We’ll start today’s post with a tangent that’s only semi-off topic: The fire that’s raging in our county is still raging — I mean, it will until it rains, whenever that might be (and yeah, I get the irony of praying for rain in Oregon, although to be honest, we’re not nearly as wet as people seem to think we are) — but life is finding a new normal. Classes are running as scheduled (after school activities are another story), the school in the evacuation zone has been moved to a different location, and — I’m not sure how this is even possible — but we had a brief reprieve from the smoke Saturday, which was lovely.
Everything smells like smoke, inside and out, and it’s just gross and depressing. The only thing that hasn’t changed is that the interstate is still closed (not surprising, the fire is right up against it). They’re worried about falling trees and rocks.
I’d joke that it’s awesome that our tourist trap of a town is sans tourists, only none of us can enjoy the quiet anyway because no one is going outside if they can help it.
It’s also not a joke that our businesses are suffering. No tourists, no sales. Our town runs pretty much on a year-round basis, but summer is when everyone makes enough money to get them through the rest of the year. I’m half tempted to take a walk downtown and see what’s open and do a little shopping.
Half tempted. I hate shopping and I don’t need more stuff.*
But we do need groceries. We’re a tourist town, but we’re also an orcharding community. I’ve got cherry trees as neighbors, and my favorite farm stand is less than two miles from my house.
Farm stands also rely on tourist traffic. And farmers have to work no matter what is going on outside.
I’m on a roll anyway with projects that I’ve been putting off all summer, but I decided to throw it down this weekend, purchasing everything I could from the farm stand instead of the grocery store. Dried pinto beans? Give me two bags. Carrots, bell peppers, apples (Honey Crisps are in and they’re Eric’s favorites), more tomatoes and plums, basil, table grapes, red potatoes, corn on the cob, zucchini and summer squash, to eat now and to preserve for later.
Lisa, who runs the stand, thanked me especially for buying the tomatoes — she has a grower who “keeps bringing them in.” And that’s the thing about this particular farm stand: They have their own produce (apples, pears, blueberries) but they also serve as an outlet for other growers in the area.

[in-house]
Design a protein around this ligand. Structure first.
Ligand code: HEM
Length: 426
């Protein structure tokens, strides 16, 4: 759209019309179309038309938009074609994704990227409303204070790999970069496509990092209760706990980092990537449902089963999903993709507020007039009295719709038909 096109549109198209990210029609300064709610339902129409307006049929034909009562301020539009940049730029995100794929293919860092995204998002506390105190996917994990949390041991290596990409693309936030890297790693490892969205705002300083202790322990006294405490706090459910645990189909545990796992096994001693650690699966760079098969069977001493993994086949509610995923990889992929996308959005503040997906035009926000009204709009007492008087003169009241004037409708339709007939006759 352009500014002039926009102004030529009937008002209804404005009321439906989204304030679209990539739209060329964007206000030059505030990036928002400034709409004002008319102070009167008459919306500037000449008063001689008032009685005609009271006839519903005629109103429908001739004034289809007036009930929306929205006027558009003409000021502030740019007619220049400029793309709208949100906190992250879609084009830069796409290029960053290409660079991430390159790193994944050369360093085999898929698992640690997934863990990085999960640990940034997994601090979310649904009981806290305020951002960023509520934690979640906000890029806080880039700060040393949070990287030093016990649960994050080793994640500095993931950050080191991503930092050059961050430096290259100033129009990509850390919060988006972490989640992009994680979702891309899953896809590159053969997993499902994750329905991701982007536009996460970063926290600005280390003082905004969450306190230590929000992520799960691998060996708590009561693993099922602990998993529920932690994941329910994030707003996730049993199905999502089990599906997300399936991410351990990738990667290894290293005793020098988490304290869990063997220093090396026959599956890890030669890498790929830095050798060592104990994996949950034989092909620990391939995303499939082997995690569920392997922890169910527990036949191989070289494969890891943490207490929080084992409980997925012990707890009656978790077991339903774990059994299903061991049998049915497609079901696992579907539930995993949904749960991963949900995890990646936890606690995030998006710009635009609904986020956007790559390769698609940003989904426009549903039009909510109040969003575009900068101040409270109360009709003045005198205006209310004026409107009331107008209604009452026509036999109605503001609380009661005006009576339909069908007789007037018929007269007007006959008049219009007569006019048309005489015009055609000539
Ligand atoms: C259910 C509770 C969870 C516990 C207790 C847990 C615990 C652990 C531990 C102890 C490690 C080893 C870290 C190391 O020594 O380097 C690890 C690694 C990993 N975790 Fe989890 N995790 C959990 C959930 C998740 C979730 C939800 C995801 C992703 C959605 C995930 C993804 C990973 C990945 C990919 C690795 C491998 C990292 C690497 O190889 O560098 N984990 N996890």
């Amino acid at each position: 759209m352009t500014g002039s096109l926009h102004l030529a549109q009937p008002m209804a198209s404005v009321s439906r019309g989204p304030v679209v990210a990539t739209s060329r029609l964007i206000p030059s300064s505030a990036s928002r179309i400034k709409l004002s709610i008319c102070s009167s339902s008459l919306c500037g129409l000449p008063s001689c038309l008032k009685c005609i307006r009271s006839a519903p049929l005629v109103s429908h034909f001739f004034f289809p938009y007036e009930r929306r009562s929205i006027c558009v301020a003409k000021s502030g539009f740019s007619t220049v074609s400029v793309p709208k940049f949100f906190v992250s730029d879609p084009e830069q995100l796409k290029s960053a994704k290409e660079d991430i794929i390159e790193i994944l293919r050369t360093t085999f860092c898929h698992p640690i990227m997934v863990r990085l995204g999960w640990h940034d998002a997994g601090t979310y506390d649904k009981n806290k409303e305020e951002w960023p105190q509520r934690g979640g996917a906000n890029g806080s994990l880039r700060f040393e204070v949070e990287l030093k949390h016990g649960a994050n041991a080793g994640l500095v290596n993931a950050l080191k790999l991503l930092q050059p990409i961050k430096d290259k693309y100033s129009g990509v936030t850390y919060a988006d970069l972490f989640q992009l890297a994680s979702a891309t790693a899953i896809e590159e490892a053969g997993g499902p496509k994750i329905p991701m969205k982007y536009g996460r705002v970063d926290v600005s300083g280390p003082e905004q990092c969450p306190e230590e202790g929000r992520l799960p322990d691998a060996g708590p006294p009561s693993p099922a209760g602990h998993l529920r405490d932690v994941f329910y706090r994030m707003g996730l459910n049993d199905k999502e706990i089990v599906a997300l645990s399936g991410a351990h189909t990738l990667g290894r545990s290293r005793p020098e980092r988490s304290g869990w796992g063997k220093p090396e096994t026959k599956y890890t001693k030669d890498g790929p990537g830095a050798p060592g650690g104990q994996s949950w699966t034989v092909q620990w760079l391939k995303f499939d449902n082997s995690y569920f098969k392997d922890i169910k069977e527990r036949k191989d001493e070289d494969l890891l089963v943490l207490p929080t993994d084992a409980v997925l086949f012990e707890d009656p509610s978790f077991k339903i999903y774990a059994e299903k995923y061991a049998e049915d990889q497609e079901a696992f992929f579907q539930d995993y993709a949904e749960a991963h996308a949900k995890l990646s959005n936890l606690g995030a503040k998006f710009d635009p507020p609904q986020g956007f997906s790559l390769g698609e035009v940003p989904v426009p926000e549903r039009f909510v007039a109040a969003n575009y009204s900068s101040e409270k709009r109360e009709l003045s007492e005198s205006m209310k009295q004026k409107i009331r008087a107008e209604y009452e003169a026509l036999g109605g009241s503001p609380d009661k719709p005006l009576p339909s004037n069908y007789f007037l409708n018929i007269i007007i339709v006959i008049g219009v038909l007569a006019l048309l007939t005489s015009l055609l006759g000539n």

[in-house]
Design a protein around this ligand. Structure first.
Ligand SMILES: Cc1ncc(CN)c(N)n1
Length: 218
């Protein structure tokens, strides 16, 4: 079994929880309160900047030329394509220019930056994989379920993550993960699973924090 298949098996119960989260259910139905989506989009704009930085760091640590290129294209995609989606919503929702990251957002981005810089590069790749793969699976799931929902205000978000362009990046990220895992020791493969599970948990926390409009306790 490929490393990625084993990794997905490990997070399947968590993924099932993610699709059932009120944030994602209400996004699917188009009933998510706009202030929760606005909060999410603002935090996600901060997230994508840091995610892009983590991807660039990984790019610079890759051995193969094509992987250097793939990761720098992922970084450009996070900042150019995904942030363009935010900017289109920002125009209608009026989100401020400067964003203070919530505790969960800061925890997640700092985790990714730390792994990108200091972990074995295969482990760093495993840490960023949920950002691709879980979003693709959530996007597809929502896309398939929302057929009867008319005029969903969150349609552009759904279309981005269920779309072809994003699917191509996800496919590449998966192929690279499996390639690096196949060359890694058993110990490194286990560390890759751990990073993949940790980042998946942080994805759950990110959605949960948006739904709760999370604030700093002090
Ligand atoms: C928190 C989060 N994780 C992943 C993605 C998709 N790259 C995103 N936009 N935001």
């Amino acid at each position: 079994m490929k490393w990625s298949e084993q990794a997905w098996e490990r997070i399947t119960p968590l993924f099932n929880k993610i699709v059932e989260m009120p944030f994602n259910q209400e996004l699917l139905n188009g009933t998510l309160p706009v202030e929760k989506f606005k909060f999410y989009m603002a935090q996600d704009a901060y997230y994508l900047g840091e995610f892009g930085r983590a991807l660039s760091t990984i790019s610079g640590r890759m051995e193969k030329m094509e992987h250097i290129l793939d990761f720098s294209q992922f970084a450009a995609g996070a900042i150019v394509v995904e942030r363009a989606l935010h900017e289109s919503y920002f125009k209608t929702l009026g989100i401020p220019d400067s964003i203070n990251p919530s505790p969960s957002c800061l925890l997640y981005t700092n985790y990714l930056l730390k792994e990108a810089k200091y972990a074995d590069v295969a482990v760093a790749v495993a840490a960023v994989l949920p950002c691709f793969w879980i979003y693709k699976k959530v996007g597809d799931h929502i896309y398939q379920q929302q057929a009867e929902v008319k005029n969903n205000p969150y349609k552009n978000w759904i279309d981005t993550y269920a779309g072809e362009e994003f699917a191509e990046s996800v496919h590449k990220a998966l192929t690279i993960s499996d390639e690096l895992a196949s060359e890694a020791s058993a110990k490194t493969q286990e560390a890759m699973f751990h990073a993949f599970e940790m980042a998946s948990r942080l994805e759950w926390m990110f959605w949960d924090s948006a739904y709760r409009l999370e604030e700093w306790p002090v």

My $50 isn’t going to save them from these terrible weeks (or months). But I do feel like it shows support and acknowledges that they work hard to feed my family, and I appreciate that fact — we eat very well because of Lisa and her farm stand, and frugal though we are, I don’t care what she charges for her produce. I’ll pay it. She’s a small farmer struggling to make this work. It’s money well spent as far as I’m concerned, and judging by the number of locals at the farm stand this weekend, I’m not the only one who believes that.
And the fact that my pantry and freezers are looking amazing? That’s just icing.
*Another tangent, I’m on a roll: After our terrible winter, one of the organizations in town hosted what was basically a shopping party for locals — sign in, go shop, bring receipts back and get a free tote bag plus be entered into a raffle. And Johanna and I went. (I bought dish towels and I ended up winning chocolate, which I did not expect but the family enjoyed.) Every shop I went into was unfailingly grateful for the show of support. It made a big impression on me — and is probably why I’m thinking about this current crisis in these terms. We might be a tourist trap, but we’re all in this together.